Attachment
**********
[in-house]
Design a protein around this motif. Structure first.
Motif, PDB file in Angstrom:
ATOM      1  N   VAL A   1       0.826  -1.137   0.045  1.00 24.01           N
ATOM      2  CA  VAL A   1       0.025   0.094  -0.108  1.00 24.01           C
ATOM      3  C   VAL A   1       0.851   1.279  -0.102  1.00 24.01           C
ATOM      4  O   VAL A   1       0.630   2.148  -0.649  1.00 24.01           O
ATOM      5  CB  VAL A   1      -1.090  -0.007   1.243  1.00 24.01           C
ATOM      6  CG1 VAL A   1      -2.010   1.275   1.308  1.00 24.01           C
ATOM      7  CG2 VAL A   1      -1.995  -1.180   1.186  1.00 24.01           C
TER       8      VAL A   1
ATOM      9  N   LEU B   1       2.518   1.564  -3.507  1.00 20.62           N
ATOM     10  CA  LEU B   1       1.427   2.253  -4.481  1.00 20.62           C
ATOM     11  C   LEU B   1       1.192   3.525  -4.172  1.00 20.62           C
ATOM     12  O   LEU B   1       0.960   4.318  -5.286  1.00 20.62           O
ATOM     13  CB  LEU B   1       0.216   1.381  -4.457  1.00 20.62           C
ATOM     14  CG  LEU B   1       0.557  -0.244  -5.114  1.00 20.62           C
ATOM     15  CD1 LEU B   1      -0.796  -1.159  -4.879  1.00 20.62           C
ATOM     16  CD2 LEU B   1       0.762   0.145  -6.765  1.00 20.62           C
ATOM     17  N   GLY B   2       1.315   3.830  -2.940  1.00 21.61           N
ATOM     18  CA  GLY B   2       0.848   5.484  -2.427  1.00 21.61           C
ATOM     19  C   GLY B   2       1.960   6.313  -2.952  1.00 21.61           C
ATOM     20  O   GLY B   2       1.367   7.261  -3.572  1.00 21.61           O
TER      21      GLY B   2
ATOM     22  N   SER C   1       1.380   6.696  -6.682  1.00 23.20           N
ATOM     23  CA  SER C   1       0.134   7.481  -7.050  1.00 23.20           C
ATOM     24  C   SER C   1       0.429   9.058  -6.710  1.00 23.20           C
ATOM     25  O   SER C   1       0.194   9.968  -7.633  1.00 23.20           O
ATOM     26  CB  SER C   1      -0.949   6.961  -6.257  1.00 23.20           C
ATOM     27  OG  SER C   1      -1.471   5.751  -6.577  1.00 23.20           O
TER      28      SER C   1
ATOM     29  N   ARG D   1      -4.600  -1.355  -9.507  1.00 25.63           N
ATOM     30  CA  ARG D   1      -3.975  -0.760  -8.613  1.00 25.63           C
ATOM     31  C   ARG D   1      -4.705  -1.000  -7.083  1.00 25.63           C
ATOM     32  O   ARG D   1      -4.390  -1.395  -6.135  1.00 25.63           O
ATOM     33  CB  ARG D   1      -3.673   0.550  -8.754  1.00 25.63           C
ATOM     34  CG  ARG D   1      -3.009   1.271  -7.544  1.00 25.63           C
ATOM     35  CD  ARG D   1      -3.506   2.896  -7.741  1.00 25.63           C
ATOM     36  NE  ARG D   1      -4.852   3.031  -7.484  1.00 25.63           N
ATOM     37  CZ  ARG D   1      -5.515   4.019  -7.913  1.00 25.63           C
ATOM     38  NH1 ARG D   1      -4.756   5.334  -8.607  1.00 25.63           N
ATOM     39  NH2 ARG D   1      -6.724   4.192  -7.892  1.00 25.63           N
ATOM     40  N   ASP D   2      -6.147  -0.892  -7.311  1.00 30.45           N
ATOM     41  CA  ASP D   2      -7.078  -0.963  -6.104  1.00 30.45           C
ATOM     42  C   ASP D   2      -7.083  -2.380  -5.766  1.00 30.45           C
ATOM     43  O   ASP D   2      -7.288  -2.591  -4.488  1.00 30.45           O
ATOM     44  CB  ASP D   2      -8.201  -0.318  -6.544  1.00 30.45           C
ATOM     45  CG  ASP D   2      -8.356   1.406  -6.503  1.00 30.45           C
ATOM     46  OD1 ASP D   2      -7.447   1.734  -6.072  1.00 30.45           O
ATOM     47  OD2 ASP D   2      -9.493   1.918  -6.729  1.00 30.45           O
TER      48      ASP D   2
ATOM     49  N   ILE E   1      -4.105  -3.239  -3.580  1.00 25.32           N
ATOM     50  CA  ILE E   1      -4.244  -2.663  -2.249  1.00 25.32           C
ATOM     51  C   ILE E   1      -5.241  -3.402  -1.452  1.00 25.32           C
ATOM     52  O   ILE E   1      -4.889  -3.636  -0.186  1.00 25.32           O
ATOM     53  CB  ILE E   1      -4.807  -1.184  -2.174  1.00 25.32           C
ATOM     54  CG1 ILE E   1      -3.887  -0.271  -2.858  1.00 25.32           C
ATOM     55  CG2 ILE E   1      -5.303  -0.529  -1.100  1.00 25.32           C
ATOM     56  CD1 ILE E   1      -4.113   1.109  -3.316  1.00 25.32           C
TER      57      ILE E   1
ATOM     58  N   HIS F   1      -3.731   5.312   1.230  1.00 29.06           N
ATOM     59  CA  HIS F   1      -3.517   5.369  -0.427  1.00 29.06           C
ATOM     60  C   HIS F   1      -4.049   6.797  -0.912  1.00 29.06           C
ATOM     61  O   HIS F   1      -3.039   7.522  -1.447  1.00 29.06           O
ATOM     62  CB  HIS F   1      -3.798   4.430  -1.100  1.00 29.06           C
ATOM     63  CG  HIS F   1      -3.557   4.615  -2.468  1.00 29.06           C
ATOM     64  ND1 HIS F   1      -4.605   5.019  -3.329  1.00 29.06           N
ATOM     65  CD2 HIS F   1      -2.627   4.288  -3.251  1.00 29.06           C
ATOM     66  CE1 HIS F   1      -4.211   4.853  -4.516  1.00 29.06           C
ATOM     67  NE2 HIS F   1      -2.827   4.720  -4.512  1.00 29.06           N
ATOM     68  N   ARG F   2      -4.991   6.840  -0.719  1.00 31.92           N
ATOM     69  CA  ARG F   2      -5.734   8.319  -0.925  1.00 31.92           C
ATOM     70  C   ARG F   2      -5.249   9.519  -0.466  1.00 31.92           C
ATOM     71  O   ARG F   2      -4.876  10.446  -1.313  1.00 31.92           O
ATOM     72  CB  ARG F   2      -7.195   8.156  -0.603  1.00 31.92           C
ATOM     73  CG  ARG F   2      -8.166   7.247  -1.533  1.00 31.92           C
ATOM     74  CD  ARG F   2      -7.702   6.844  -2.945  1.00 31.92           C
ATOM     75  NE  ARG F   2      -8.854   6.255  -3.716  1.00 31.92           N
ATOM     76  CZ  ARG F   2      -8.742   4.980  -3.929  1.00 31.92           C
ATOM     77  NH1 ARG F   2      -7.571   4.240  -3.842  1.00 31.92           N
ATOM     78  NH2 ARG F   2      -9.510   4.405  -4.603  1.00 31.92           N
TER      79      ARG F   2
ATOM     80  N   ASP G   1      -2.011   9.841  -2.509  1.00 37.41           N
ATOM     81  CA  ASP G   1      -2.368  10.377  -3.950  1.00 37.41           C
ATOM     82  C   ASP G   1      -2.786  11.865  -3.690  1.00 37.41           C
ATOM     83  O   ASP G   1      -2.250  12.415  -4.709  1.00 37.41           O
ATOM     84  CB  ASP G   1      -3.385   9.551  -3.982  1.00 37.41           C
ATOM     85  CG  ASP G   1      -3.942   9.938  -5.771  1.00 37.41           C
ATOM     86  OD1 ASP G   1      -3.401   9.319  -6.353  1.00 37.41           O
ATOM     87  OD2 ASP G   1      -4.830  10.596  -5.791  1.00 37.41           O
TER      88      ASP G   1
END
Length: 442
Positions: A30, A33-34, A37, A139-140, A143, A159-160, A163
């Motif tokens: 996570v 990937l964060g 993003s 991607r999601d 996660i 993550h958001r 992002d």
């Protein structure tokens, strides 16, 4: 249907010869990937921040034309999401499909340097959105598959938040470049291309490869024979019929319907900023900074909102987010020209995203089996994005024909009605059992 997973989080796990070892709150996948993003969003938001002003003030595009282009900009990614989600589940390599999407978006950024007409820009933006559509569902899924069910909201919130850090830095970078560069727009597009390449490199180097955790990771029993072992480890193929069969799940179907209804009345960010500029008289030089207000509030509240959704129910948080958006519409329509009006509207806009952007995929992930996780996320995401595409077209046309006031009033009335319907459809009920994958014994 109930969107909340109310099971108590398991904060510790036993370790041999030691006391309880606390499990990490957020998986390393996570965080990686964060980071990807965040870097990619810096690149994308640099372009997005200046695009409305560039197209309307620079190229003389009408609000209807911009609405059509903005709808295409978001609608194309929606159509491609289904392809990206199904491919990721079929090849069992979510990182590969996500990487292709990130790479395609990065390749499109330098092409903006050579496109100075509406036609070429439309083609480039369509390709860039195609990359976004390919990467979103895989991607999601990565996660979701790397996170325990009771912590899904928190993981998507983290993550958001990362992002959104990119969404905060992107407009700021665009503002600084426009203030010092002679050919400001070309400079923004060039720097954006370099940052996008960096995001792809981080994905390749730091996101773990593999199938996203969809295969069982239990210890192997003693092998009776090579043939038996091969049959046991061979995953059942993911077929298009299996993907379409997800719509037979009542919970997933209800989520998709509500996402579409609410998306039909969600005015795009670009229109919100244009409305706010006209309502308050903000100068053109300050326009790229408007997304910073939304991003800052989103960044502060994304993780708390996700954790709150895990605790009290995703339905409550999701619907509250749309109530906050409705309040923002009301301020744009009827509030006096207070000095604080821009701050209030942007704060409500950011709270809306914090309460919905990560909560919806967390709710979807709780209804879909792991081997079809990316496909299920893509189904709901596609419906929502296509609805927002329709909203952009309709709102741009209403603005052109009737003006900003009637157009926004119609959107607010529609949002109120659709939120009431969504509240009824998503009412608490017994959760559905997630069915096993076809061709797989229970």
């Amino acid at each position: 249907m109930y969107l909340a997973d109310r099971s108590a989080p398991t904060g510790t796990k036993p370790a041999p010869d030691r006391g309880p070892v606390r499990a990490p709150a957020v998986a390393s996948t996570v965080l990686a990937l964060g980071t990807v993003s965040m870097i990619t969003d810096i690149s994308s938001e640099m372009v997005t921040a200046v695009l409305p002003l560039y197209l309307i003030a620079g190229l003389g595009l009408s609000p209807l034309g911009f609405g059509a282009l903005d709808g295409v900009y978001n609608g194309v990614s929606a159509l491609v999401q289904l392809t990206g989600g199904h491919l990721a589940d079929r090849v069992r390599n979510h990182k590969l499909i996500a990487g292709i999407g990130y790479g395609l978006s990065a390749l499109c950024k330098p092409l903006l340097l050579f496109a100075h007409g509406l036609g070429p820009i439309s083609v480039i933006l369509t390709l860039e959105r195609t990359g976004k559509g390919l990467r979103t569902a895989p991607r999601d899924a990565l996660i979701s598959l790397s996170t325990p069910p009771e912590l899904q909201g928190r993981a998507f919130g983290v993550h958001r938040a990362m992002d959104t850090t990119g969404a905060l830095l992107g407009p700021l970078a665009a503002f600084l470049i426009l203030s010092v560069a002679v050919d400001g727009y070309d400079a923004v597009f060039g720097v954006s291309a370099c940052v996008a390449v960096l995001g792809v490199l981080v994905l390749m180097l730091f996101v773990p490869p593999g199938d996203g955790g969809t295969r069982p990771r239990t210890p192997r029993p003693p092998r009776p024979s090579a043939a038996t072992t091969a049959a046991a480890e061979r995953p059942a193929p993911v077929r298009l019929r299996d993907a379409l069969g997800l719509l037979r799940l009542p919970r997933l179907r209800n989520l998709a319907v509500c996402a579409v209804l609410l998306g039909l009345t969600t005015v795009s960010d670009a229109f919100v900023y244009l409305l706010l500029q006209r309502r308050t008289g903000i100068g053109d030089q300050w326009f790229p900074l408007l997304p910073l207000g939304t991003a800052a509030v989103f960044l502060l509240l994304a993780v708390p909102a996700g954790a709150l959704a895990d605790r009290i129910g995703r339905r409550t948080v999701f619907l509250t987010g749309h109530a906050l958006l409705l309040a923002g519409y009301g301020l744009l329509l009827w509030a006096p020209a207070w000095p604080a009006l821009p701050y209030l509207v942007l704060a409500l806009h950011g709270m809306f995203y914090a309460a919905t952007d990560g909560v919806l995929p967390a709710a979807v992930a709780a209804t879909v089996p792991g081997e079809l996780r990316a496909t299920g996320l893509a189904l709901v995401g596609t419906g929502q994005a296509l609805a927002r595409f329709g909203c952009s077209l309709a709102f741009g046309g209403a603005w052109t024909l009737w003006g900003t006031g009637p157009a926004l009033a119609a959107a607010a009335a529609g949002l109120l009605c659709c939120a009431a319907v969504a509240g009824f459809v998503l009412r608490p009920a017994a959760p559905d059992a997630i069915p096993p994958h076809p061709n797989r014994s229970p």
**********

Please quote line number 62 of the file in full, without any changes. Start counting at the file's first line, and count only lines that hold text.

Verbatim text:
ATOM     59  CA  HIS F   1      -3.517   5.369  -0.427  1.00 29.06           C